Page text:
tomcat-users mailing list archives

Site index · List index
Message view « Date » · « Thread »
Top « Date » · « Thread »
From Christopher Schultz <>
Subject Re: url prefixes behind proxy
Date Fri, 07 Jan 2011 15:17:58 GMT
Hash: SHA1


On 1/6/2011 11:54 PM, Gabor Pinter wrote:
> Dear Christopher,
> Thank you for your reply.
>>> Tomcat is version 6.0
>> 6.0.what? We're just dying to know.
> Sorry, it's 6.0.29 .
> (Though at my level, the third digit may be of minor importance :)

It's always good to check that you're not running 6.0.17 or some other
version that was never actually released.

>> http://localhost:8080/tom     ->    path/to/tomcat/webapps/tom
>>> http://localhost:80/tom/     ->    path/to/tomcat/webapps/
>> My example above is better because it will actually work.
> I can see that.
> But doesn't this mean that you need to add a proxy_pass for each app you
> deploy under webapp?

You will need a ProxyPass for each logical URL group you want to send to
Tomcat. If you want to send everything to Tomcat, you can just do:

ProxyPass / ajp://localhost/

You could also put everything behind another URL prefix... something like:

ProxyPass /webapps ajp://localhost/webapps

Then, you'd want to deploy your webapps like this:

webapps/webapps#bar (a directory example)

> Plus the root app in Tomcat also needed to be moved from "/".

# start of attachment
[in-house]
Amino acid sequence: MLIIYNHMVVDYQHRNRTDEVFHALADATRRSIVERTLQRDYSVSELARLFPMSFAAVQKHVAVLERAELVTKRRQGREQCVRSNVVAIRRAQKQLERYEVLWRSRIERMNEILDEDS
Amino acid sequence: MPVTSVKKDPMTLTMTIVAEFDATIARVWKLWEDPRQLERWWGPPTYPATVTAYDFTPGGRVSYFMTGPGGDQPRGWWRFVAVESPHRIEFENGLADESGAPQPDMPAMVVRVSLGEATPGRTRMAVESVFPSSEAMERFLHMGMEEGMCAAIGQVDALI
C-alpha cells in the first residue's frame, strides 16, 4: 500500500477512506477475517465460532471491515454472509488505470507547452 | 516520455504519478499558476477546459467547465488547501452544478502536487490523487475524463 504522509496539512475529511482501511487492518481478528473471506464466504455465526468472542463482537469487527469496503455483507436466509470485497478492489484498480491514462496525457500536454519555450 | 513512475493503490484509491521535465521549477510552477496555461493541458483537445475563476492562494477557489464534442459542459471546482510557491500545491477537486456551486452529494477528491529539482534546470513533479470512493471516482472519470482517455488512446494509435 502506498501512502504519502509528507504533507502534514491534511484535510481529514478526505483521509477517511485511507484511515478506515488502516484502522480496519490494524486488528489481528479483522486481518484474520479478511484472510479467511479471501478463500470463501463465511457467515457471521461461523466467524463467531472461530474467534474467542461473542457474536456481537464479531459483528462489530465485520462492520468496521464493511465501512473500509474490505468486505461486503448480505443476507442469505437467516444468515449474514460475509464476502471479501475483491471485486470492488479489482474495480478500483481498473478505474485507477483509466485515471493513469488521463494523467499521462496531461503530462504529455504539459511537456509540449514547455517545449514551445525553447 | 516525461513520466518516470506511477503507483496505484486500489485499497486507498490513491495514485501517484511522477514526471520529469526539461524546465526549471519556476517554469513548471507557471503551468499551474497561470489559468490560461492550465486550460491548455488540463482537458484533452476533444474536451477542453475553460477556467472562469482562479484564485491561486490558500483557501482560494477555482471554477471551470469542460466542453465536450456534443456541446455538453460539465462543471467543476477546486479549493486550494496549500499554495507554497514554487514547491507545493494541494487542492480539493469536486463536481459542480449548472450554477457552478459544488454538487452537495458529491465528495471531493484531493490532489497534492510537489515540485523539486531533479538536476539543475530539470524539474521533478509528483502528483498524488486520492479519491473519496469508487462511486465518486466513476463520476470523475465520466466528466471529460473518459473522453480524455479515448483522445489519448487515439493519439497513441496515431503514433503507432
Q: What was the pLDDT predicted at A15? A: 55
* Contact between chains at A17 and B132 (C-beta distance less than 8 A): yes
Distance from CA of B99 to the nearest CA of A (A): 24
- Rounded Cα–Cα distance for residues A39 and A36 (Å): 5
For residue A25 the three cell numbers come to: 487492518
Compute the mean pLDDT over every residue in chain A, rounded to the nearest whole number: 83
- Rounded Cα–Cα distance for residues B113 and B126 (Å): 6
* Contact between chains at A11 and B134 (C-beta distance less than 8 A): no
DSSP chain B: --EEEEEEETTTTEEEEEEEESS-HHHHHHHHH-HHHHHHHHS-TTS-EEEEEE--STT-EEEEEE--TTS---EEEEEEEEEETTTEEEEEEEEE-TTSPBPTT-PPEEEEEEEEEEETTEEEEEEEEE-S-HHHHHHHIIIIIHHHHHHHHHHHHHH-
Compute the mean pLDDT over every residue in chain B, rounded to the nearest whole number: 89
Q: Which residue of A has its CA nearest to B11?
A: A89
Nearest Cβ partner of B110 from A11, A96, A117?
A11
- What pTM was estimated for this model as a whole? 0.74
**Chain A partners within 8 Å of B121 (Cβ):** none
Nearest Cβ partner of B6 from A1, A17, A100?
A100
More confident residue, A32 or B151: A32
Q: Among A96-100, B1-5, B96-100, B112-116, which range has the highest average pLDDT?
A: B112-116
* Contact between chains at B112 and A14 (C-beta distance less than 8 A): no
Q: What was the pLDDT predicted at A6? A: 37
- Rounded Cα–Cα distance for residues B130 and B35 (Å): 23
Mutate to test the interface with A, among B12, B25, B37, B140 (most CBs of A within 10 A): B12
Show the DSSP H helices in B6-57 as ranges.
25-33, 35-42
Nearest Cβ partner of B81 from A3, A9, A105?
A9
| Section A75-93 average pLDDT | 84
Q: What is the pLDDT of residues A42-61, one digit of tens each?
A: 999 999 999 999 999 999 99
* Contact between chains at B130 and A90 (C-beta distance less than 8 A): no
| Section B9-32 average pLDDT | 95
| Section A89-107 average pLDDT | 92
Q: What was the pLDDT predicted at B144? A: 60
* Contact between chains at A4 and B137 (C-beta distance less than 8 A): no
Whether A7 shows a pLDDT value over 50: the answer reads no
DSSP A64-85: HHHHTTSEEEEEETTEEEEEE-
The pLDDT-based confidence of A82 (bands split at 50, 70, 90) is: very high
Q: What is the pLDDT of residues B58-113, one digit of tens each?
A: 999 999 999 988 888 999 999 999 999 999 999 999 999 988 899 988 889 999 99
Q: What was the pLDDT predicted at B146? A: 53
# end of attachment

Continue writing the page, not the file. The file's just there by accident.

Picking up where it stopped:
What do you need the root app for?

> I can live with that, I'm just curious if it is possible to use
> a global prefix ('/tom' is a bad example, say '/servlet') for a
> redirection.


ProxyPass /servlet ajp://localhost/servlet

> http://localhost:8080/servlet/  -->  path/to/tomcat/webapps/

Note that you never map a URL to a directory. You map it to a webapp
which is deployed on that URL. path/to/tomcat/webapps is not a webapp,
it's a directory that is treated specially by the default Tomcat
configuration by auto-deploying webapps that appear there as directories
or .war files.

If you use "ProxyPass /servlet ajp://localhost/servlet" then you'll want
to make sure that your webapps are deployed into contexts with a
/servlet prefix. You do that using servlet#webappname.war (or without
the .war if it's an exploded WAR file). If you want
http://localhost:8080/servlet/tom to take you to the "tom" webapp,
you'll want to deploy it into:

path/to/tomcat/webapps/servlet#tom.war (or a directory w/o the .war)

>>> nginx -->  apache -->  django
>>> setup on the server (working just fine).
>> Aah, unnecessary complexity: I just love it.
> The concept is from an Apress django book.
> Would you live nginx out? Or Apache?
> Or django?

If you need to mix technologies such as Perl, PHP, python, etc. along
with Java, the simplest way is to use a web proxy such as squid, Apache
httpd, or NginX. It's the combination of everything that seems
overly-complicated to me.

Presumably, django is a requirement. Do you use it under a typical
python environment, or do you use Jython or something like that? If you
are using Jython and everything is running in your webapp, why not dump
all those proxies (httpd and NginX) and just use Tomcat directly?

- -chris
Version: GnuPG v1.4.10 (MingW32)
Comment: Using GnuPG with Mozilla -


To unsubscribe, e-mail:
For additional commands, e-mail:

View raw message